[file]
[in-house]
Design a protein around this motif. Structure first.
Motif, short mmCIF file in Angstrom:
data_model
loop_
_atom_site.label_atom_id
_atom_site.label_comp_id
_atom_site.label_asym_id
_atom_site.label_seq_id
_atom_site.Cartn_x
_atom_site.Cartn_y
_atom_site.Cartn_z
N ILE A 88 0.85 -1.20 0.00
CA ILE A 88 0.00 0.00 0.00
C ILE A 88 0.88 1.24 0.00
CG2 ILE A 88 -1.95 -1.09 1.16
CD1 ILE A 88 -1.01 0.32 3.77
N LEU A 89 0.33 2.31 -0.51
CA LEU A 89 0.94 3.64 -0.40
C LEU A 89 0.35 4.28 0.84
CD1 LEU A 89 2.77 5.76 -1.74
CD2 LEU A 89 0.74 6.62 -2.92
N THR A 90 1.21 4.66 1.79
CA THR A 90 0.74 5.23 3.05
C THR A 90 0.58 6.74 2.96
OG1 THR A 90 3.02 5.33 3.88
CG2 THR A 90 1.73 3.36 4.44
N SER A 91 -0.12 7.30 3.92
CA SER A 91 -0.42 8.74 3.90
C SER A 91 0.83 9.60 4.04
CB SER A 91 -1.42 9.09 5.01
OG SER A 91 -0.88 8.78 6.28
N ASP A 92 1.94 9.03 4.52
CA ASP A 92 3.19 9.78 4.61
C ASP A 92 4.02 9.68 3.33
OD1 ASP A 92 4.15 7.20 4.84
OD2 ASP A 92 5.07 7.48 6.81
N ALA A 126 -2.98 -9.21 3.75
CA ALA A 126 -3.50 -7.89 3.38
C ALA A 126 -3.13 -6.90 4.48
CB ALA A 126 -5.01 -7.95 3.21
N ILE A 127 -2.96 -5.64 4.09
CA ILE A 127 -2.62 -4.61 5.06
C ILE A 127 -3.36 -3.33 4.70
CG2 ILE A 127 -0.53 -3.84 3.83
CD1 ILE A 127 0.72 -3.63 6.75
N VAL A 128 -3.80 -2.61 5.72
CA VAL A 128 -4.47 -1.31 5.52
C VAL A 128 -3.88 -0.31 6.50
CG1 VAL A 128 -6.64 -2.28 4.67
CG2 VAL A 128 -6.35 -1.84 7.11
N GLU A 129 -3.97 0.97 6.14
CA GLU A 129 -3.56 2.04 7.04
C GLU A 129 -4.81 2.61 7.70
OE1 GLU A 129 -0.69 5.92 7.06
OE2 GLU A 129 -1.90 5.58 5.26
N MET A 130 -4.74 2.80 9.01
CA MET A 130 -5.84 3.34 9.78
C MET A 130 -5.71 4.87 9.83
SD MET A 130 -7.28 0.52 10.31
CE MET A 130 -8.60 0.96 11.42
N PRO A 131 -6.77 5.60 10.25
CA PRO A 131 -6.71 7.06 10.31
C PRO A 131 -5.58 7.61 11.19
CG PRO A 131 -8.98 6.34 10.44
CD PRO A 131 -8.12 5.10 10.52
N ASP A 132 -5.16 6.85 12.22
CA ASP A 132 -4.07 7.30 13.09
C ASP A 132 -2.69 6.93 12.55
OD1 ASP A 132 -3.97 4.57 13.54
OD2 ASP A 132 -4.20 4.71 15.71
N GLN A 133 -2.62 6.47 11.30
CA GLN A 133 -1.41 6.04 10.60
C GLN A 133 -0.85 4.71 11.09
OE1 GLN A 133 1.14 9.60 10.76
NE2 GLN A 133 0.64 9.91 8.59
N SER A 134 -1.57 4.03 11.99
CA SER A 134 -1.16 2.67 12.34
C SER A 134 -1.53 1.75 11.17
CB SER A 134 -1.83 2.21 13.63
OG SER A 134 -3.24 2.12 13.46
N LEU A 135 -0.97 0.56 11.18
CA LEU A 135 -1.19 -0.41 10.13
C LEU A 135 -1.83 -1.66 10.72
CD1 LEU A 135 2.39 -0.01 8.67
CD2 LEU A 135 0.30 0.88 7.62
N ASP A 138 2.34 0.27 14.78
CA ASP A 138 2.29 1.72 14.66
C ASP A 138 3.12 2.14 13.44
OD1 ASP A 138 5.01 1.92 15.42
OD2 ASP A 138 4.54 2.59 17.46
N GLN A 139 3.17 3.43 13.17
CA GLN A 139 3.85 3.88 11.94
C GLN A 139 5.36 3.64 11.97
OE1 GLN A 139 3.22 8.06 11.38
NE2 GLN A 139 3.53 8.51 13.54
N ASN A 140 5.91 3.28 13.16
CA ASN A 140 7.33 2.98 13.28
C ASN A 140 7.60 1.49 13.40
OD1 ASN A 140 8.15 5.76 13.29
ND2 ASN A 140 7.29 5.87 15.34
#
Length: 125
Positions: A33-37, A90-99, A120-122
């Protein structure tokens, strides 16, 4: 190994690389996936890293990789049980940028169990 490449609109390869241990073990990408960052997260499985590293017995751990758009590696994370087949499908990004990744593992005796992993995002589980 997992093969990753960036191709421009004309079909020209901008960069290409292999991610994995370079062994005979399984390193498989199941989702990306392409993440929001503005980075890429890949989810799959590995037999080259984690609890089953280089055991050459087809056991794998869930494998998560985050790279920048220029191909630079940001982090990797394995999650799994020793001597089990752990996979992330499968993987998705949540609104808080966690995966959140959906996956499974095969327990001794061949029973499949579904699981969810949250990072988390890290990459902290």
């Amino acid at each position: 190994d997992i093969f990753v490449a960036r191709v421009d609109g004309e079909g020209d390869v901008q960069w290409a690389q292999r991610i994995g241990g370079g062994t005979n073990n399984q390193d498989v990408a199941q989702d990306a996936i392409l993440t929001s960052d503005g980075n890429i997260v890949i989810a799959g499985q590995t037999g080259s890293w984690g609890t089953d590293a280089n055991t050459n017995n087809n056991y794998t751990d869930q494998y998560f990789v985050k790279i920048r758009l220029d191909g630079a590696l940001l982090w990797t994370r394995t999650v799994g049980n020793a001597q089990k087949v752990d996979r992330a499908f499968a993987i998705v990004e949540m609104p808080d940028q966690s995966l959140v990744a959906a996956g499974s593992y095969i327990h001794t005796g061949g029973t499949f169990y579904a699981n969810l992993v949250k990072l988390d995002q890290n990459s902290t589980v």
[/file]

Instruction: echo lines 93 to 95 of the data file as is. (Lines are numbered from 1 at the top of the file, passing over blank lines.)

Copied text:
CA GLN A 139 3.85 3.88 11.94
C GLN A 139 5.36 3.64 11.97
OE1 GLN A 139 3.22 8.06 11.38